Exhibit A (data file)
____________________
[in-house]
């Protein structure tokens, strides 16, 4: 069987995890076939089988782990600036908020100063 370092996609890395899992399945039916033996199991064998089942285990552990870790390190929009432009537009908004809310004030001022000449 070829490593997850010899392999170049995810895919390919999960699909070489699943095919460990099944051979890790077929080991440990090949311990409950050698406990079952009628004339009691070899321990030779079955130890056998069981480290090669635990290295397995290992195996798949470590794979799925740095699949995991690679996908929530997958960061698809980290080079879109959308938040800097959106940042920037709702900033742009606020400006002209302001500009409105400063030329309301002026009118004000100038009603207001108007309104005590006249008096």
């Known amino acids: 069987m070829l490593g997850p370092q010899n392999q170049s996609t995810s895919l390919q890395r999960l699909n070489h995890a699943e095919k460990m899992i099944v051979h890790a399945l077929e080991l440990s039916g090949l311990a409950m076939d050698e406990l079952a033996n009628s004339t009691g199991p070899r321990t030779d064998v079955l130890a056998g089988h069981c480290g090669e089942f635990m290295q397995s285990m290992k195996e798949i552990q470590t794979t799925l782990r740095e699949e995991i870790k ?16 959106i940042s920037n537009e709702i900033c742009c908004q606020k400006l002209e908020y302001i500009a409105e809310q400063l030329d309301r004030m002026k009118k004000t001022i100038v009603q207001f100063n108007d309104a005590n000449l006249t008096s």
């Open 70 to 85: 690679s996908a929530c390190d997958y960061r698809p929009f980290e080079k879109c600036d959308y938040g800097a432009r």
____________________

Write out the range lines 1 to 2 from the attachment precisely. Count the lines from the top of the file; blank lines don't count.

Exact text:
[in-house]
């Protein structure tokens, strides 16, 4: 069987995890076939089988782990600036908020100063 370092996609890395899992399945039916033996199991064998089942285990552990870790390190929009432009537009908004809310004030001022000449 070829490593997850010899392999170049995810895919390919999960699909070489699943095919460990099944051979890790077929080991440990090949311990409950050698406990079952009628004339009691070899321990030779079955130890056998069981480290090669635990290295397995290992195996798949470590794979799925740095699949995991690679996908929530997958960061698809980290080079879109959308938040800097959106940042920037709702900033742009606020400006002209302001500009409105400063030329309301002026009118004000100038009603207001108007309104005590006249008096």